Dear Medical School Students,
Hang in there. I think it’d be safe to address this post to PA students, PT students, Dental students, Law students, Chiropractor students, and almost anyone in the graduate school realm as well; however, I can’t speak from experience in those areas. I can speak about medical school, not as a student myself, but as a spouse of a future doctor. My message to you students, you tired and dedicated students, is to
Hang in there.
This too shall pass. That is an oft quoted phrase, which many use as though it is a Bible verse (it’s not), but I still think it’s applicable to hard times, even when we choose to be a part of those times. Medical school!
When I was little, my mom would take us hiking. A LOT. Back then I hated it or claimed I did. Hours of walking. No television. No food. (Who am I kidding?) There was food. She bribed us with food the whole way. “Just one more mile and you can have a snack.” Parenting 101: bribery works. Well, aside from “you can have another snack in a mile,” she also loved reminding us to not worry about “getting to the end” and to enjoy the journey. Much to her delight, one hike in Chimney Rock, the one we revisited recently, had a sign that read, “Don’t look forward to the end; enjoy the journey.” She reminded us of that quote for years! And while it is true, I think life is more complicated than that.
Now, I’m going to do exactly the opposite of what I tell my students to do in their writing (argument writing). I always tell them to pick a side. I’m not going to pick a side on this one because both sides are true and both sides need to be validated.
It is important to enjoy the journey.
It is also important and okay to look forward to the end.
Such as… the end of a medical school block might we say?
First year students (and spouses), I’m guessing that Neuroscience is feeling pretty tiring. There’s irony in that while you are studying the processes of the brain, you’re wearing your own brain out. I told Parker the other day that while studying for boards, I think reading other things like sports or news articles has to go out the window for the 8th block because the brain only has so much room for storing and retrieving information. We need all that space and traffic for boards coming up in June. (You all can correct me if I’m wrong below in the comments. If I’m wrong; I’d love to know.)
Second year students (and spouses), you’re almost there. You are 6/7 of the way through normal (medical school normal) classes and then you can channel all your energy into board prep. Now if you thought 4th Block burnout was bad, I’m guessing 7th block is bad x bad x worse x “could it be any worse?” (The burnout, not life itself). I want to remind you of a few things. And no I’m not going to say “you chose this” (So many people say that as though it will help. How is that helpful??).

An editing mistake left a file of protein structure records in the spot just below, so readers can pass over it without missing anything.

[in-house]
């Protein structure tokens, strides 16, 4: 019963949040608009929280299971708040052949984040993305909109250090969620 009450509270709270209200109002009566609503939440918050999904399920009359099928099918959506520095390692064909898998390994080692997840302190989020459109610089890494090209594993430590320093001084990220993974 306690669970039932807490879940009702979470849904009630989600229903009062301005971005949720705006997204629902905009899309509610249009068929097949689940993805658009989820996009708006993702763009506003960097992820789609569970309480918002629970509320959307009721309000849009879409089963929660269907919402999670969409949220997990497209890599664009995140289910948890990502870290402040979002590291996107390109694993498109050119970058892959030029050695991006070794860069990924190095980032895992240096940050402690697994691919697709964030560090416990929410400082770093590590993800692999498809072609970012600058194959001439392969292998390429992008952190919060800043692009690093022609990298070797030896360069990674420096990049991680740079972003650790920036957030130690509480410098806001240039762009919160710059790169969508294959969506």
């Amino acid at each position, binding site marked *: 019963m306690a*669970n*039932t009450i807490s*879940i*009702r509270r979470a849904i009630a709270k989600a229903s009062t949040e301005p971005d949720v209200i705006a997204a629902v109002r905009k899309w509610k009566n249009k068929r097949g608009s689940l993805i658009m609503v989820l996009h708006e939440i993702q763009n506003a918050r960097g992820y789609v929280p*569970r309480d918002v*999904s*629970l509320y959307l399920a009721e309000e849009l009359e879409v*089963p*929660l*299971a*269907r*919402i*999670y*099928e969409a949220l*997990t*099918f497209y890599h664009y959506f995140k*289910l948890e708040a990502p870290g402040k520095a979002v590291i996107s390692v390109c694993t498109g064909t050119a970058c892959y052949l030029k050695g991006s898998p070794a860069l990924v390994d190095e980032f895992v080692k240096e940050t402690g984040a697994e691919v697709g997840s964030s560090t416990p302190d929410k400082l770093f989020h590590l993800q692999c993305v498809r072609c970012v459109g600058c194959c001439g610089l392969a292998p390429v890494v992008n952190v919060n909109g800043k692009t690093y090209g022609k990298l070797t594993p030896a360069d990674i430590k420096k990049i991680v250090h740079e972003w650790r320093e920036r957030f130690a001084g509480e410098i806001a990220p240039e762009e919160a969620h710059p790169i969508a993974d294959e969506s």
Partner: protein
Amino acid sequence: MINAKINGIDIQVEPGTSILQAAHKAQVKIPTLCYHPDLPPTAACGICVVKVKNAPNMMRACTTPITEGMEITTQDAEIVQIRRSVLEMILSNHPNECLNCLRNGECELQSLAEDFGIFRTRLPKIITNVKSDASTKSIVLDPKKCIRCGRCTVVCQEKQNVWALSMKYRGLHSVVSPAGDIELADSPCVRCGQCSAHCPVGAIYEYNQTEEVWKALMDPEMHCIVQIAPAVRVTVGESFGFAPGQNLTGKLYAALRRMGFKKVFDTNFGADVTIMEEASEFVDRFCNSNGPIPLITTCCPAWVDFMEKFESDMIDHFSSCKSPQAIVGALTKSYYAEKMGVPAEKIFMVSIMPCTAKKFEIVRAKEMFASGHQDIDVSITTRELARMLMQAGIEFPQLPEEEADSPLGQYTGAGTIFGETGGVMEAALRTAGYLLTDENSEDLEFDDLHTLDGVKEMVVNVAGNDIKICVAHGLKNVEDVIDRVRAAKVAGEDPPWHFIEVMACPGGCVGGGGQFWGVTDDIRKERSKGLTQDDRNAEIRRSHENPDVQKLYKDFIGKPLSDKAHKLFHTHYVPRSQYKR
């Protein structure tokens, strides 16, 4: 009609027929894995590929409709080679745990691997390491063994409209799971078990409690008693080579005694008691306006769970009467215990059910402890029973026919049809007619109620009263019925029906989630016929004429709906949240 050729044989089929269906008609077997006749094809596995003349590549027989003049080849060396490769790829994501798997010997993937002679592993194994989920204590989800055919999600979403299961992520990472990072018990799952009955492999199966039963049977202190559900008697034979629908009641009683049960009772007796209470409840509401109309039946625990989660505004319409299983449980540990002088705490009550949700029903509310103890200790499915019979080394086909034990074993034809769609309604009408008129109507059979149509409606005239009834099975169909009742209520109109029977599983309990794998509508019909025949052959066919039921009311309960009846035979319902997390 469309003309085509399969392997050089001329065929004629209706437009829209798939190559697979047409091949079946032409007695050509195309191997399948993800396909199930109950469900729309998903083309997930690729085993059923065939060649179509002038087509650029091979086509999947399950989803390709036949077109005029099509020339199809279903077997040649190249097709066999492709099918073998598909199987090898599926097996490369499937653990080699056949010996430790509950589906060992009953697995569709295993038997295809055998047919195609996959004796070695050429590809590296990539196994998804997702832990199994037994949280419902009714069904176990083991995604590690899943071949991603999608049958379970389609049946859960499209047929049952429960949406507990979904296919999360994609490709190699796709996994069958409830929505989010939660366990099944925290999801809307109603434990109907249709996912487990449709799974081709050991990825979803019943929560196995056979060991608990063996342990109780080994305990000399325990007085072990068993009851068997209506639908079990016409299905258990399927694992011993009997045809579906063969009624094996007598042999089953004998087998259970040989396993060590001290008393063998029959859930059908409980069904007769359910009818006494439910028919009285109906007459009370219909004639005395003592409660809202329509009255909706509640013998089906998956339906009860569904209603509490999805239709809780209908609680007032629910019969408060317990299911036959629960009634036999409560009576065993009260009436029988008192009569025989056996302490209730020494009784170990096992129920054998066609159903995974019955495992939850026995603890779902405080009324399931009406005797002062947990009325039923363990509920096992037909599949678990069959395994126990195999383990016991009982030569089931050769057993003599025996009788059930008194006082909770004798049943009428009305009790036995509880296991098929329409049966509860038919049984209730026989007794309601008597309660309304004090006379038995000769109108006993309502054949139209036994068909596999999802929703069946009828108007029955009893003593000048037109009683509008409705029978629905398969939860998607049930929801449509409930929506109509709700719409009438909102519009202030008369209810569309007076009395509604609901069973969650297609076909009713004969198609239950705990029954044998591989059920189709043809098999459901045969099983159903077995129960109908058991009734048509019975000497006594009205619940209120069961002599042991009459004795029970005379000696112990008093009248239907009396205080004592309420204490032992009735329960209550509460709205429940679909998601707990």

- You’ve done this before.
- This is short-term.
- Next year there will be a change of pace.
- You’ll have a week to breathe somewhat more easily (if you can manage to forget that boards are around the corner; or at least pretend to forget).
- You’re stronger than you think.
- You have people supporting you.
That last one is not just for those students who have spouses or significant others. So many people are rooting for you. Parker’s family reminded him today that they are praying for him; that’s grandparents, parents, aunts, uncles, etc. You get the picture. I’m guessing that there is someone behind your medical dream as well. Maybe a parent. Maybe a sibling. A friend. God. The vision of your future patients. And even if all it boils down to is yourself, that’s important too. You have worked so hard to get to this point in your life. Don’t let yourself down now. Hang in there. You’re almost to a change.
The last mile is the hardest.
And this really is the last mile, academically. I was thinking about this the other night. There’s not much harder that you can do to yourself academically outside of going to medical school. You have to do well in high school. You have to make the grades in college. And then you have to pass your classes in medical school. Why is it a surprise that the hardest academic phase (anything graduate and above) is actually just that: hard? It’s tiring; it’s hard, AND you can do it.
So back to the argument.
Enjoy the journey in the sense that you are driven by the content you love. Enjoy the journey in knowing that you are working hard towards realizing your dream of becoming a doctor (a dentist, a physical therapist, etc). Enjoy the journey of building stamina and endurance. Life will require that of you time and time again.
Look forward to the end. It’s not bad to have milestones. Own that you look forward to it. Finish strong. Rotations will come. Residencies will follow. Fellowships will tempt you (power to you!). All of them will be hard too in other ways, but that doesn’t mean that you can’t be counting down to April 3. As a spouse, I know I am.
I am posting this on the SAA page in the hopes that anyone who may need a pick-me up can get it, but if you know of someone who may need to just hang in there, please share this with them. You never know who needs it.
The wife of a 2nd year medical school student.
P.S. 3rd and 4th year students, I didn’t mean to leave you out. I just don’t have your experiences yet. Maybe you can share them with us. 🙂 Any residents out there? Want to chime in with some silver linings and hope?